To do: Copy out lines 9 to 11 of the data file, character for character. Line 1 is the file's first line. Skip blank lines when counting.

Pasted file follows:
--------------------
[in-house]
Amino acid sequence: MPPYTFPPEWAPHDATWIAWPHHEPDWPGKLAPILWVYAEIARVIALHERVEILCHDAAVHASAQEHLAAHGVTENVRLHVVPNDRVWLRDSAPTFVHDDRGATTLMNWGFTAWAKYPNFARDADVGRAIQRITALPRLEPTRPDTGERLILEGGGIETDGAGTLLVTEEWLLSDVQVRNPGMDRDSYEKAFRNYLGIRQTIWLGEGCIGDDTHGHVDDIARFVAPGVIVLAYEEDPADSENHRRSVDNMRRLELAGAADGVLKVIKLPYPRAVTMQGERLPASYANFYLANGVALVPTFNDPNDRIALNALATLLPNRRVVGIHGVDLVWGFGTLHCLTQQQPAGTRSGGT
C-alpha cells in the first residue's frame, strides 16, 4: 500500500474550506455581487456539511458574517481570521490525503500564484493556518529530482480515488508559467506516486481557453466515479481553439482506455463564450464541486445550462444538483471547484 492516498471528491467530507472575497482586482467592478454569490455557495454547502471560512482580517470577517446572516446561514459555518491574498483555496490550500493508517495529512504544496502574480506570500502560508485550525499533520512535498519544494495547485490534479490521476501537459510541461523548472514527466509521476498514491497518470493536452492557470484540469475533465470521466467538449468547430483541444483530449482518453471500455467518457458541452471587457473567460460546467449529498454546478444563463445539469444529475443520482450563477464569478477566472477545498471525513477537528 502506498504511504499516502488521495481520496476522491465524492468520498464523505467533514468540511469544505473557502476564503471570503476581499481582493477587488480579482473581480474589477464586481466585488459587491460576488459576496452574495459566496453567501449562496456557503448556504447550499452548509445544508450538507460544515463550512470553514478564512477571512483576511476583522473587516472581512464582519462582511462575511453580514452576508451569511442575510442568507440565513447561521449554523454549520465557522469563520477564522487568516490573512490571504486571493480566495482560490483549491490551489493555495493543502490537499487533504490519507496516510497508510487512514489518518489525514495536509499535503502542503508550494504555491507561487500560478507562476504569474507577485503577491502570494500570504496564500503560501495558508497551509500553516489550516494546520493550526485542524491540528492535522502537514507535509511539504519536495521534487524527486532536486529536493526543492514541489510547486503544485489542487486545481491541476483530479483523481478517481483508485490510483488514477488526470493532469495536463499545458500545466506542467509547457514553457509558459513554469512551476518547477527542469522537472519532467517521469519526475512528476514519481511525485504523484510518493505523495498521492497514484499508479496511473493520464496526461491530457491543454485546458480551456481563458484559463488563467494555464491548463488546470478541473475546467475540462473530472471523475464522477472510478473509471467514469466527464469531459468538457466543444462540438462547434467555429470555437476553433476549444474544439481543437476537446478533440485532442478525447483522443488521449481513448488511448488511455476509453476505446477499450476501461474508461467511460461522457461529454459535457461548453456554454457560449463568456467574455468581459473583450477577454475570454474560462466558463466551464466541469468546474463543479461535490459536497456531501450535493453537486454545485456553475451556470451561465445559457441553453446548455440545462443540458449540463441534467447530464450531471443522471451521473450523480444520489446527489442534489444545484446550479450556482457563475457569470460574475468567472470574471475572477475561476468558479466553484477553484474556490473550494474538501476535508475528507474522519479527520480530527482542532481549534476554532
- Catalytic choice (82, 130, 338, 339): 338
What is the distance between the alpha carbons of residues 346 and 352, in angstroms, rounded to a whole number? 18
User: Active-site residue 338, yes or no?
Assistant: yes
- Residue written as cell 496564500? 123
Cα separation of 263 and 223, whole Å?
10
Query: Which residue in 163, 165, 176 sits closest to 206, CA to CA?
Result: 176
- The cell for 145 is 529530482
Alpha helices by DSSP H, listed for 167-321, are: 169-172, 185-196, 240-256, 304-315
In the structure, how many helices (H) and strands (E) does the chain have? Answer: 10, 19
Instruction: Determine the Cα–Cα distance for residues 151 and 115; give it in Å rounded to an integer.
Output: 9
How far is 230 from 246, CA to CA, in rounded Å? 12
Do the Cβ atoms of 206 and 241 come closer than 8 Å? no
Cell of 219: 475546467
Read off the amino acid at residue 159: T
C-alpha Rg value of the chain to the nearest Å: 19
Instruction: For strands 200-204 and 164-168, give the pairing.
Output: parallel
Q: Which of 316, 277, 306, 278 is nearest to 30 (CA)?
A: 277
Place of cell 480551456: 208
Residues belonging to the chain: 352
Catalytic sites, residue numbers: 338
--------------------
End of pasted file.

Cα separation of 263 and 223, whole Å?
10
Query: Which residue in 163, 165, 176 sits closest to 206, CA to CA?